Julian Assange has once again sent Twitter into a frenzy of speculation with another cryptic tweet – this time posting an image of a famous chess strategy, prompting suggestions the whistleblower is preparing ‘checkmate’.
The chessboard tweeted by Assange, unaccompanied by any text, shows a move from the Capablanca vs Marshall chess game of 1918 – considered one of the greatest defensive games of all time.
READ MORE: Ecuador has granted citizenship to Julian Assange, says Foreign Ministry
The story goes that then-reigning US champion Frank Marshall spent years planning a surprise attack against Cuban rival José Raúl Capablanca, even avoiding playing the move in earlier matches so that he could spring it suddenly on his opponent at the right moment.
Nevertheless, Capablanca (represented on the board by white pieces) skilfully defeated Marshall’s attack and went on to win the game.
Speculation mounted over which color represented Assange and what exactly he was trying to convey with the mysterious tweet.
One Twitter user suggested that Assange’s choice to post this particular position may indicate that he has already left the Ecuadorian Embassy in London. Another interpretation, posted by the same user, mused that the ‘game’ could still be in play, but with Assange in a strong position.
Other avid chess fans pointed out that although checkmate is not inevitable, it could mean the game is coming to a close.
According to Twitter users the play tweeted by Assange suggests that three moves are needed to checkmate, generating other theories that the tweet relates to the impending publication of the US Department of Justice report into the FBI handling of the Hillary Clinton email investigation.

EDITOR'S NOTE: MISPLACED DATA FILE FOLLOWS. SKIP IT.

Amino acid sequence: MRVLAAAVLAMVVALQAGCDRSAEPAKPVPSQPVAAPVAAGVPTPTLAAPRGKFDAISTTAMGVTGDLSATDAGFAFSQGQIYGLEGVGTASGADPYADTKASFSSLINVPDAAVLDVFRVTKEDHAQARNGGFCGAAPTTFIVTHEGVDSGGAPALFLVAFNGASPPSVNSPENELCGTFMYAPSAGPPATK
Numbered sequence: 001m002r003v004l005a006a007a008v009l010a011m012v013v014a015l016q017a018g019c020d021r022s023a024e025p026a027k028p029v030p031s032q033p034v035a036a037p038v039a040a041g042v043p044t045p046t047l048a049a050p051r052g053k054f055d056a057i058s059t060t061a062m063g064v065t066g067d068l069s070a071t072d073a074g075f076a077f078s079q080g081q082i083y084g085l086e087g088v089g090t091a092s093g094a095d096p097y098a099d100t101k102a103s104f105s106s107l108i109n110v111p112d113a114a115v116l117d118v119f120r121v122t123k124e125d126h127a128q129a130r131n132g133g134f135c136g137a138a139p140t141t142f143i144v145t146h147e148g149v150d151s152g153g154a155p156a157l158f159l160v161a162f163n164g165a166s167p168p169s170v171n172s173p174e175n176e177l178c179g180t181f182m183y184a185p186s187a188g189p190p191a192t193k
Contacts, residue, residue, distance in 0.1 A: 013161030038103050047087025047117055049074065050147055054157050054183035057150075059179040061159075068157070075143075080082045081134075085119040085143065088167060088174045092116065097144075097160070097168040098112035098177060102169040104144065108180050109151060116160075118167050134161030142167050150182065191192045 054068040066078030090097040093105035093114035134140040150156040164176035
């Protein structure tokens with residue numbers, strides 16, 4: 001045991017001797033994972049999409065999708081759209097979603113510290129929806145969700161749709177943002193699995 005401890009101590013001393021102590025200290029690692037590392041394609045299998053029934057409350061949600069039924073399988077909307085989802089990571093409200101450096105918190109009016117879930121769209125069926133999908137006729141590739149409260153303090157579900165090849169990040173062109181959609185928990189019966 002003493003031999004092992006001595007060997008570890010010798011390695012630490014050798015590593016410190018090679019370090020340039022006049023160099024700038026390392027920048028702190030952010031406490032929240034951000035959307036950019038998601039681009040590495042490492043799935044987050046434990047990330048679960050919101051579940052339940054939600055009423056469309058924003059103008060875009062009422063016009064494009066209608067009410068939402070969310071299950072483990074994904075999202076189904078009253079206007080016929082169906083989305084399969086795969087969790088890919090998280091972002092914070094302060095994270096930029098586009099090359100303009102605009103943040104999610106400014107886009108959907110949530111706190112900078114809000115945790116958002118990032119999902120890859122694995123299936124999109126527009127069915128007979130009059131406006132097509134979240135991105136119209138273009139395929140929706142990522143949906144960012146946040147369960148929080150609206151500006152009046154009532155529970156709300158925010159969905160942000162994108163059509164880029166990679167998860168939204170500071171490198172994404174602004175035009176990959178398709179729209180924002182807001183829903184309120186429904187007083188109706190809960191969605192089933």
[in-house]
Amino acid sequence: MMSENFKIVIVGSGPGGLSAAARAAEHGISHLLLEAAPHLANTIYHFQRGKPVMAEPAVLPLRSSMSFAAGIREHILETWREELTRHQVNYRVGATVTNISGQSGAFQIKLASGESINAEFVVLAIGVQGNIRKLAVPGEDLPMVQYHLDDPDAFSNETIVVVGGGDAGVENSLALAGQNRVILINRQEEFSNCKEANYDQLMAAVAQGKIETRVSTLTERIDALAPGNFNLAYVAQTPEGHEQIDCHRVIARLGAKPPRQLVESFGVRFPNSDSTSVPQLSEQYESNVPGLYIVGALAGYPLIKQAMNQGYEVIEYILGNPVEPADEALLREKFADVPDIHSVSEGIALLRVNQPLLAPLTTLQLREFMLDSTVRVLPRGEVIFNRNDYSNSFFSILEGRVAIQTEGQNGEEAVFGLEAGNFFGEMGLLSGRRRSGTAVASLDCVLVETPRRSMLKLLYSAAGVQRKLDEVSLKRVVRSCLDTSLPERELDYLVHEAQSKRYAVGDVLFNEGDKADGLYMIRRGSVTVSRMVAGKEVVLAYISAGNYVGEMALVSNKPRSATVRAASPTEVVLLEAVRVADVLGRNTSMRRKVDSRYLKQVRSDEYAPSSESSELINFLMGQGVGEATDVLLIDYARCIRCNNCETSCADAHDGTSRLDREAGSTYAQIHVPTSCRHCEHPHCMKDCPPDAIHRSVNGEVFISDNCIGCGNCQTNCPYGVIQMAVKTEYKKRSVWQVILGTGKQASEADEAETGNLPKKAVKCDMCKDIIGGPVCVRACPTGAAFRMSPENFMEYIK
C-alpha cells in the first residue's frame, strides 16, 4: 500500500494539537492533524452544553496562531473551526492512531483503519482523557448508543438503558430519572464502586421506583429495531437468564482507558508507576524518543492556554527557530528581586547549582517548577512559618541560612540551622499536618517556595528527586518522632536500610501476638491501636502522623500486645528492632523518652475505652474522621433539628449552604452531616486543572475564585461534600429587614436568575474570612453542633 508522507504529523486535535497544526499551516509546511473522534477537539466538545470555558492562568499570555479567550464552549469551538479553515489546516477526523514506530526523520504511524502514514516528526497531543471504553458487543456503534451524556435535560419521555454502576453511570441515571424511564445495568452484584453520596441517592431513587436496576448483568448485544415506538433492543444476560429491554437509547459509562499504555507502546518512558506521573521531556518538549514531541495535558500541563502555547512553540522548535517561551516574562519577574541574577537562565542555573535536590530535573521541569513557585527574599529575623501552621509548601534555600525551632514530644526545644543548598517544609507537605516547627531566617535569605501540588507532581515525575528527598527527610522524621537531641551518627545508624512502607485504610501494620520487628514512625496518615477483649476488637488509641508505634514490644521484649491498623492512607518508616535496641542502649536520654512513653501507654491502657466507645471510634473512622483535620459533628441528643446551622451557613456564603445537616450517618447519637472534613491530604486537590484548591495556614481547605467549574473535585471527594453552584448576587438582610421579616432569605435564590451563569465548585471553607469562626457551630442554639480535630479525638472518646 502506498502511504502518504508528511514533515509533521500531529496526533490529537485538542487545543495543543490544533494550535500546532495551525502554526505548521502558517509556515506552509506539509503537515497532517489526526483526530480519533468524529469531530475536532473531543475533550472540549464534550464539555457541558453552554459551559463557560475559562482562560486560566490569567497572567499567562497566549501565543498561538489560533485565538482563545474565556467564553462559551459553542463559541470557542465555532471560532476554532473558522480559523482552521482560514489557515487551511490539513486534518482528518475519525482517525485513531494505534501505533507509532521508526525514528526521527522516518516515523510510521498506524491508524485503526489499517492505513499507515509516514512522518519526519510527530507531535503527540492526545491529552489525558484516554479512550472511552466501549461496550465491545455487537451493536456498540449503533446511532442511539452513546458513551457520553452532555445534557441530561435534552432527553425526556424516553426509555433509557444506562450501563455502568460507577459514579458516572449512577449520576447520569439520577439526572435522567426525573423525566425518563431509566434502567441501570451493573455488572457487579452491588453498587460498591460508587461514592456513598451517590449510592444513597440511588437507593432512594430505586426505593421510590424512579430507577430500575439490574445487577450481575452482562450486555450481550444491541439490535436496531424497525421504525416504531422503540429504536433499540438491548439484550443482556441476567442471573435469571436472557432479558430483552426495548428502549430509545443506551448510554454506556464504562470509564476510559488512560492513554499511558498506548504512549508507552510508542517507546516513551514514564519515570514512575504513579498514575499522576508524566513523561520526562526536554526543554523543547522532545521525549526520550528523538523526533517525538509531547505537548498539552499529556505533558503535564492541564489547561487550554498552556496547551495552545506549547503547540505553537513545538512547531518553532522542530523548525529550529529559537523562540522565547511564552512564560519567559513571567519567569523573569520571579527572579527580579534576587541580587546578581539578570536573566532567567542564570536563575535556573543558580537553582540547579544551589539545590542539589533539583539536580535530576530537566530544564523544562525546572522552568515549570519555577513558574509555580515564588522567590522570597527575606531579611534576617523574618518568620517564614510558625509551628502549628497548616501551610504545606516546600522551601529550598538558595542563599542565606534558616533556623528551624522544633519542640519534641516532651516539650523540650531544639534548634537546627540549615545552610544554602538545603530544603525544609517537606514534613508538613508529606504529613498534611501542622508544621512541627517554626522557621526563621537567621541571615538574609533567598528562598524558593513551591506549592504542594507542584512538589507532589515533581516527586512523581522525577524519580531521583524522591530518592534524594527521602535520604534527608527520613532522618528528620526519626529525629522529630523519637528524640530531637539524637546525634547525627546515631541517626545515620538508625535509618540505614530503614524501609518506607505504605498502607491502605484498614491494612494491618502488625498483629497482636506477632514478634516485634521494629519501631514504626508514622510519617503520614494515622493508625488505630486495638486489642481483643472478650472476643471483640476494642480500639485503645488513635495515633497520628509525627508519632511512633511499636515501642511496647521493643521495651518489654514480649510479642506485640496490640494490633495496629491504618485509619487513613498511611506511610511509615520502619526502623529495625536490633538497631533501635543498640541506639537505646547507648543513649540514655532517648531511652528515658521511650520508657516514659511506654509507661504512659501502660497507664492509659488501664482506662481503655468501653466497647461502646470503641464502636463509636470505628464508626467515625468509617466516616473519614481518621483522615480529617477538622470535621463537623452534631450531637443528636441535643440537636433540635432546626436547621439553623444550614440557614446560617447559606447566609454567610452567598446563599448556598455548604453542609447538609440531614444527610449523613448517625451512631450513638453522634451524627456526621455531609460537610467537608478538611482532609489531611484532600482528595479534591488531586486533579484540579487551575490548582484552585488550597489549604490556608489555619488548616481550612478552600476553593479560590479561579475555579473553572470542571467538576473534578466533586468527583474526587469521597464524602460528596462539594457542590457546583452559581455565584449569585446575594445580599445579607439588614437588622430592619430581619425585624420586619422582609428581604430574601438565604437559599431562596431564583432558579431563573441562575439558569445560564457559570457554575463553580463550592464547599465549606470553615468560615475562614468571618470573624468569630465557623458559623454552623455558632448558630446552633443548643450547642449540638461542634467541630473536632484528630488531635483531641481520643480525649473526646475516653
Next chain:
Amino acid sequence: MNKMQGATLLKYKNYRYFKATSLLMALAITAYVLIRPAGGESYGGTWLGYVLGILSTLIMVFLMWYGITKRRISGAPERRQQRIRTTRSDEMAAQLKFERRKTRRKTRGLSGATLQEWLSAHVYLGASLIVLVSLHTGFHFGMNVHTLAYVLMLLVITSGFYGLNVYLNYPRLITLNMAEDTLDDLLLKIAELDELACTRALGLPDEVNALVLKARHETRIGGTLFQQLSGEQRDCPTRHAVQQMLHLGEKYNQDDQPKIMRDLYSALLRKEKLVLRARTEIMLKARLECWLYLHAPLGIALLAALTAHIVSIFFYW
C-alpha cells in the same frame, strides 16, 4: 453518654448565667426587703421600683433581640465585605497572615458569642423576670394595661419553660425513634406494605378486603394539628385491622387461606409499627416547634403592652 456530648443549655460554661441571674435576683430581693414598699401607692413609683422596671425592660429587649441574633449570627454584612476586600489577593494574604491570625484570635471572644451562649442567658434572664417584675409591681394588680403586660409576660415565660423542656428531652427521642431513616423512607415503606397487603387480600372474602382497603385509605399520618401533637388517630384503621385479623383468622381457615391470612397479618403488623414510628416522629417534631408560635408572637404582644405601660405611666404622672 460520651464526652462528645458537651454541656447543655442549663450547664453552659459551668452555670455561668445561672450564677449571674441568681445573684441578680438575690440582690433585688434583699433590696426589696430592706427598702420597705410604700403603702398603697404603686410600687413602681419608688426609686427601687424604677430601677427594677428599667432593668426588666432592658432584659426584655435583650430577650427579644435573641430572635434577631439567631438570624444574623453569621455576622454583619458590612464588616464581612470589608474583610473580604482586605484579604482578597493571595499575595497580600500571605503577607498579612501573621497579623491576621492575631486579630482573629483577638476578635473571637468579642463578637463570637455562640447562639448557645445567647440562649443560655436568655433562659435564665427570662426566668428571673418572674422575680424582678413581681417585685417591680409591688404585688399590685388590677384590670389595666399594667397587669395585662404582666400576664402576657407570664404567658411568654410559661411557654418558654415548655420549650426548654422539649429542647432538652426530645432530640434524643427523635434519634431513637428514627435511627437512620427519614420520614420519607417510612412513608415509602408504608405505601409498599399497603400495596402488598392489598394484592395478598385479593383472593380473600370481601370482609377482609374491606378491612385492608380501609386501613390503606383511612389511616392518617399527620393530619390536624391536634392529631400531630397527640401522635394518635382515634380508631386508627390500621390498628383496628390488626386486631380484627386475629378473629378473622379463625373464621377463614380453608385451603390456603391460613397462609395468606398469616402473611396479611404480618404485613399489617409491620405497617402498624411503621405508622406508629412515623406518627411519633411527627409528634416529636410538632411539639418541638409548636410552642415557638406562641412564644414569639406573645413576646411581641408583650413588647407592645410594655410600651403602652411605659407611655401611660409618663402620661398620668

Or perhaps it’s just anticipating Trump’s upcoming ‘Fake News’ awards, others quipped. In any case the burning question remains: whose move is it?
READ MORE: ‘Assange status unchanged’ despite cryptic tweets, Ecuadorian embassy tells RT
Assange also changed the icon beside his Twitter profile name from a blue diamond to an egg timer – an image associated with Wikileaks and used on its website.
The Wikileaks founder, known for his profuse tweeting, has in the past two weeks only sent three tweets – all cryptic and igniting much conjecture online. Last week the Ecuadorian Embassy in London confirmed to RT.com that the WikiLeaks founder was still in the building.
READ MORE: ‘More records than the KGB’: Cryptic Assange tweet ignites concern for his wellbeing
The Ecuadorian Foreign Ministry announced this week that it had granted citizenship to Assange. The UK Foreign Office, however, rejected a request from Quito to grant the
whistleblower diplomatic status.